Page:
2) Know exactly what problem you are trying to solve / what need you are trying to satisfy for your target customer

3) Know exactly how you will acquire / on-board a customer to use your solution

4) Know exactly how you will make money - 1 year, 3 year, 5 years, 10 year from now

5) Know exactly where you will draw the boundaries and say NO - to people, process, policy, procedure, etc.

6) Know exactly when you will say "enough is enough", write-off your losses and exit

7) Know exactly the law, rules, regulations for the business / model / geography you are operating in

8) Know exactly who your competition is

9) Know exactly what your final goal / destination is, and how to get there

Simply because if these basics are intact.. even when the going is tough.. you'll be able to keep going

What basics do you think all fintech startups should invest in? Leave a comment to let me know

A version of this post appeared here

 

 

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Comments: (11)

A Finextra member
A Finextra member 15 September, 2015, 10:18Be the first to give this comment the thumbs up 0 likes

"Get your basics right", yes it is well said. And it may be highly relevant for math, science, economics etc the entire list that you have mentioned above. But is it still applicable for the new Fintech and (startup) compaines? How the astronomical valuations are justified? are they follow any basic business economics? how the revenue streams are valued? How we can follow the "basics right" paradigm when the valuations are made during funding round? and not by market.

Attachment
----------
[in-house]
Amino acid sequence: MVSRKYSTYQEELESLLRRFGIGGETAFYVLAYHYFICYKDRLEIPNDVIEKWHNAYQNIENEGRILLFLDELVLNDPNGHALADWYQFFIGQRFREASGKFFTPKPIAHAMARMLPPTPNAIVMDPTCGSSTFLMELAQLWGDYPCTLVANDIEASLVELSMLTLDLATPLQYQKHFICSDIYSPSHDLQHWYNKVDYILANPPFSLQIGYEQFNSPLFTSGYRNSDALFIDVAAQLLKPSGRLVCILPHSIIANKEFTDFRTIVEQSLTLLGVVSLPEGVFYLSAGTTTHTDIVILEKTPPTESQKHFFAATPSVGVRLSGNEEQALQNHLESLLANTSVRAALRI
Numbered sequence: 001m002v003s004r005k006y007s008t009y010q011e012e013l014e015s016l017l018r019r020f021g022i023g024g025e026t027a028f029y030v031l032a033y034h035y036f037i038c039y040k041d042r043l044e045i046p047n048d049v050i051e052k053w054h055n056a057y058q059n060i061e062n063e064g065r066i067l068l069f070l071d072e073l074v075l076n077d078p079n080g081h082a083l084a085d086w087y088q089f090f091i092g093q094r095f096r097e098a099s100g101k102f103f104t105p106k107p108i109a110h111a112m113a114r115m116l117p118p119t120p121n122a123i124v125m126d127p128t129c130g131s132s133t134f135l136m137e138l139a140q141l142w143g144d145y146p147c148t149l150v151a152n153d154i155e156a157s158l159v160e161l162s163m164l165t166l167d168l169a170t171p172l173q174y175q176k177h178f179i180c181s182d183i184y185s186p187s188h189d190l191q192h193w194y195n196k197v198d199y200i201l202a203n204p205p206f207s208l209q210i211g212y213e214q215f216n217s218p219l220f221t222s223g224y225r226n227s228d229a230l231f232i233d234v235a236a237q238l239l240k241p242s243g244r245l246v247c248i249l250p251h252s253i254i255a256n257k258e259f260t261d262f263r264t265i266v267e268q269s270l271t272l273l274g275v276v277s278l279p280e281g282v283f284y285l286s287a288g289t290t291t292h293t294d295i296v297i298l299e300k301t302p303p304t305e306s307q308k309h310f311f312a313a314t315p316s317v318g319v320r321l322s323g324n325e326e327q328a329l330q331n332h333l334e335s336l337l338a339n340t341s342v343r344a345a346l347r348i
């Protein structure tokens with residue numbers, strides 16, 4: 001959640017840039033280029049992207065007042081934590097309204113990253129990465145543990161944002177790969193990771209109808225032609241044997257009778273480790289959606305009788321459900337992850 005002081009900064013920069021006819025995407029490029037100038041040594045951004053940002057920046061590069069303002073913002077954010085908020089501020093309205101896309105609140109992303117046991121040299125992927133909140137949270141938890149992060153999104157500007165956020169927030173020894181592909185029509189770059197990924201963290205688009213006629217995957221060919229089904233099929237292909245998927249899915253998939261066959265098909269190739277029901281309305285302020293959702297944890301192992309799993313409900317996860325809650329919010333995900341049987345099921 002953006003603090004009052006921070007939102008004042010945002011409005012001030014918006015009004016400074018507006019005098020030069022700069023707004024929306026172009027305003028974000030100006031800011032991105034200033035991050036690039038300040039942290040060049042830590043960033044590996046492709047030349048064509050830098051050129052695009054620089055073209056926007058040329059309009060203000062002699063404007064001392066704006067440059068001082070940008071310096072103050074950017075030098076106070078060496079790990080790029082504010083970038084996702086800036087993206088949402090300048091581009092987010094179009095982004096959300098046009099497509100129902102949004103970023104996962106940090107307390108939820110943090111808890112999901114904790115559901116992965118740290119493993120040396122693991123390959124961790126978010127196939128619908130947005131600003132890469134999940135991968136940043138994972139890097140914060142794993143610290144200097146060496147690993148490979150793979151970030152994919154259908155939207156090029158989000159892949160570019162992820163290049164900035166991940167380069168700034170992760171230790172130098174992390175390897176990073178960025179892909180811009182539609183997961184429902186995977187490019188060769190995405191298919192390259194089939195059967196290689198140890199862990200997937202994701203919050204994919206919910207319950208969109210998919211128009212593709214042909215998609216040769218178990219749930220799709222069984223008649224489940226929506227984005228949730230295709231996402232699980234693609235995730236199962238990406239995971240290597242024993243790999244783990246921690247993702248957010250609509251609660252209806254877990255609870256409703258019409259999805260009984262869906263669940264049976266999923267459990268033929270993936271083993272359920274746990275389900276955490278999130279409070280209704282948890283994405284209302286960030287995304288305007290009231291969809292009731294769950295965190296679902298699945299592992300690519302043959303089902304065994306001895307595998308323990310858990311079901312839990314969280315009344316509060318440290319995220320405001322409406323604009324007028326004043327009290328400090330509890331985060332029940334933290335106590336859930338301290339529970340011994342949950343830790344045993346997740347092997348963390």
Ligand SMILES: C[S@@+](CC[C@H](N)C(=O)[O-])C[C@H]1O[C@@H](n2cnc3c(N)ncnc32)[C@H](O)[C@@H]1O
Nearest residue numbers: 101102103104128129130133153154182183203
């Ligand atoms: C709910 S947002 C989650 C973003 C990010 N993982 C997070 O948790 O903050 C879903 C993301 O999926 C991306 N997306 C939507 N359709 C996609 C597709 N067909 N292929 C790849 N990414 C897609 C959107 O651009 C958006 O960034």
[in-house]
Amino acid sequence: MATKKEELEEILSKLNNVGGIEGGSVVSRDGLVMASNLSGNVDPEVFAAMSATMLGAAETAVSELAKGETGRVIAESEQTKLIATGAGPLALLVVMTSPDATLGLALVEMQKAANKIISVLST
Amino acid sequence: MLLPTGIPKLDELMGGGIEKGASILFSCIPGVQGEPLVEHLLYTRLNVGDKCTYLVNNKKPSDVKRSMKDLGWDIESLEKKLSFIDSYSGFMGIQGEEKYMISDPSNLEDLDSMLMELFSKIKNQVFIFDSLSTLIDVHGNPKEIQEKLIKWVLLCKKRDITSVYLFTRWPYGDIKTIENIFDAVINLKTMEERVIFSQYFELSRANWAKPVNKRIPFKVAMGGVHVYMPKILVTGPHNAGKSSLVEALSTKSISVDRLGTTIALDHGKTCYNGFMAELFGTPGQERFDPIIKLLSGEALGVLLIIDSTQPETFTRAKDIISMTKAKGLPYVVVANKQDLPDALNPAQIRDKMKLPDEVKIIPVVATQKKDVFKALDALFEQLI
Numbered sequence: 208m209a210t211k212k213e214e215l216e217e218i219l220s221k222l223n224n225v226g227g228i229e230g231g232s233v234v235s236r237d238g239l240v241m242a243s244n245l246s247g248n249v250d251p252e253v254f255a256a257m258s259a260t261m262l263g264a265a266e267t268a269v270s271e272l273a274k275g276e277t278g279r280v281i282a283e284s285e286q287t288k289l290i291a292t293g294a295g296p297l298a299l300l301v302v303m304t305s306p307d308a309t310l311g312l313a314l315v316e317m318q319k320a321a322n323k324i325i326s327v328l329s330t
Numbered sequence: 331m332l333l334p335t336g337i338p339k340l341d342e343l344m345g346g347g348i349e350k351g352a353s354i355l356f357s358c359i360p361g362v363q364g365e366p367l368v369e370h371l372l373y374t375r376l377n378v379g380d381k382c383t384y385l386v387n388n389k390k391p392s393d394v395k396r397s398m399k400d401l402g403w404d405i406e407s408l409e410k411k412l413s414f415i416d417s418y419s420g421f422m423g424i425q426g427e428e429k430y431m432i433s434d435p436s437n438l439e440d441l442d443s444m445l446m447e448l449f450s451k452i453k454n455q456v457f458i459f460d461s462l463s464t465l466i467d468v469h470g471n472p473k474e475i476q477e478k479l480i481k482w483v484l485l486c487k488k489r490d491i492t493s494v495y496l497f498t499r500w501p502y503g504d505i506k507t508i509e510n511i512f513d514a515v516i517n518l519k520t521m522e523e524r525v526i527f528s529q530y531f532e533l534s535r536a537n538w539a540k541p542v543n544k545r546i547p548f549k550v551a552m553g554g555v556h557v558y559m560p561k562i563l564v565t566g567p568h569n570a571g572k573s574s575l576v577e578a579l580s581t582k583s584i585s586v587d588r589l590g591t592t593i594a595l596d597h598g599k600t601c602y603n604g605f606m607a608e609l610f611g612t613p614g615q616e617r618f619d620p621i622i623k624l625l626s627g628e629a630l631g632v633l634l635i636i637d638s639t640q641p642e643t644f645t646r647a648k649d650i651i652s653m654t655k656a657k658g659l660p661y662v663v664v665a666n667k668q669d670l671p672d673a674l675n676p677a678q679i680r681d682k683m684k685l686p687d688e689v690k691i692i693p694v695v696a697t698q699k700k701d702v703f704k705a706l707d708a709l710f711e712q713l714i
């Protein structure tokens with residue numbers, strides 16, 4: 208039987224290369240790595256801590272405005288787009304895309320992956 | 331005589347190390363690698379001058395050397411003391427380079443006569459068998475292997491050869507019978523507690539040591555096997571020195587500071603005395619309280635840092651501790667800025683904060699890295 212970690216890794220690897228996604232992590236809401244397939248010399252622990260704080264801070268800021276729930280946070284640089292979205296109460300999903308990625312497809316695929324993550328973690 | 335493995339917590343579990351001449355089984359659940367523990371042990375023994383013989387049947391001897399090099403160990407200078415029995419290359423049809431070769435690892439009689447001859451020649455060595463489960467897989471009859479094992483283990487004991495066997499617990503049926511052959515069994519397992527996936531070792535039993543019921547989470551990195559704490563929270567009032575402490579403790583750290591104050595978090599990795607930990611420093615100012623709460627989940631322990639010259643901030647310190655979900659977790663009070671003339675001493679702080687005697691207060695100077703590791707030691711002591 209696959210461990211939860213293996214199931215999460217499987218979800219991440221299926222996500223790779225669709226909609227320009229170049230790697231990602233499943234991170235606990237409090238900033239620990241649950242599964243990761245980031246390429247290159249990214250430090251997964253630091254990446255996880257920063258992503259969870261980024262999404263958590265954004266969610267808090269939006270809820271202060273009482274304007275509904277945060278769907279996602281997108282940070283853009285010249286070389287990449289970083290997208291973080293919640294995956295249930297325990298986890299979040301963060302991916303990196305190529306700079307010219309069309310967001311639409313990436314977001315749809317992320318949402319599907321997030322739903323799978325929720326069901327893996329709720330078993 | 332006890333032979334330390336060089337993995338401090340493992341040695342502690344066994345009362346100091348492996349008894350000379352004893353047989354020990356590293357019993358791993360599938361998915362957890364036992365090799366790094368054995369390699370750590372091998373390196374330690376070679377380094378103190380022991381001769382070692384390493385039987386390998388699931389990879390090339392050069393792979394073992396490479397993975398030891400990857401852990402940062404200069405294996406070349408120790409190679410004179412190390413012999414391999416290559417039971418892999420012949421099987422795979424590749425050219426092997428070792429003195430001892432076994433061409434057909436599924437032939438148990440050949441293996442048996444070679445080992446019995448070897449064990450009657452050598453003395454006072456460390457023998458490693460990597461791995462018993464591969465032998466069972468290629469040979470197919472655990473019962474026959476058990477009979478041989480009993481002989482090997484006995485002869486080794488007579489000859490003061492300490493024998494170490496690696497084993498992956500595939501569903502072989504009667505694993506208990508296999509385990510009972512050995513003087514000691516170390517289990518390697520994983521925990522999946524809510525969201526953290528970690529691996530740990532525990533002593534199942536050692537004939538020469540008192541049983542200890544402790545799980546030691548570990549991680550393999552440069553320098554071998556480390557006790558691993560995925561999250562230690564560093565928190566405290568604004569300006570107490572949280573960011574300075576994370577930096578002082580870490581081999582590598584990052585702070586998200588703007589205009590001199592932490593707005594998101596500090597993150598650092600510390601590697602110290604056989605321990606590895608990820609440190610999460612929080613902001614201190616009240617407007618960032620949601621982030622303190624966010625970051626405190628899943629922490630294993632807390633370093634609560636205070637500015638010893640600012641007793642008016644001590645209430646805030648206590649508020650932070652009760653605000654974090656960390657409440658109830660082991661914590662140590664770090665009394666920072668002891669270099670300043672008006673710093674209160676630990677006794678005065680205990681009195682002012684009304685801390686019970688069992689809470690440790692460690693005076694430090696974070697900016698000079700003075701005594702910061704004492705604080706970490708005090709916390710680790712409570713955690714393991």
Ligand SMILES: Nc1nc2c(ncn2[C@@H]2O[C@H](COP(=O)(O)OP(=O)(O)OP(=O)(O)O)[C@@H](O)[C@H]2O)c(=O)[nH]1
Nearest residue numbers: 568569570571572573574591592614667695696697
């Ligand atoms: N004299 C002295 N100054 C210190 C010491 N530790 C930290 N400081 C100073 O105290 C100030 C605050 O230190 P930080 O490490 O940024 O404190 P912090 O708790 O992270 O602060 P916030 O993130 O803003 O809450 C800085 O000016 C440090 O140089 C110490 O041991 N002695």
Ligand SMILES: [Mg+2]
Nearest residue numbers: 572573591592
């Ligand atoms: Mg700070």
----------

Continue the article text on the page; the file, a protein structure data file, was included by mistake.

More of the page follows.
Nischala Murthy Kaushik
Nischala Murthy Kaushik - Wipro Ltd. - Noida 15 September, 2015, 11:50Be the first to give this comment the thumbs up 0 likes

Hi Aparty - Thanks for reading. what I mean is the "business fundamentals" within the startup.. Not the valuations game or external perceptions. In my view, you will survive based on what you know, and they don't know! 

Ketharaman Swaminathan
Ketharaman Swaminathan - GTM360 Marketing Solutions - Pune 15 September, 2015, 12:29Be the first to give this comment the thumbs up 0 likes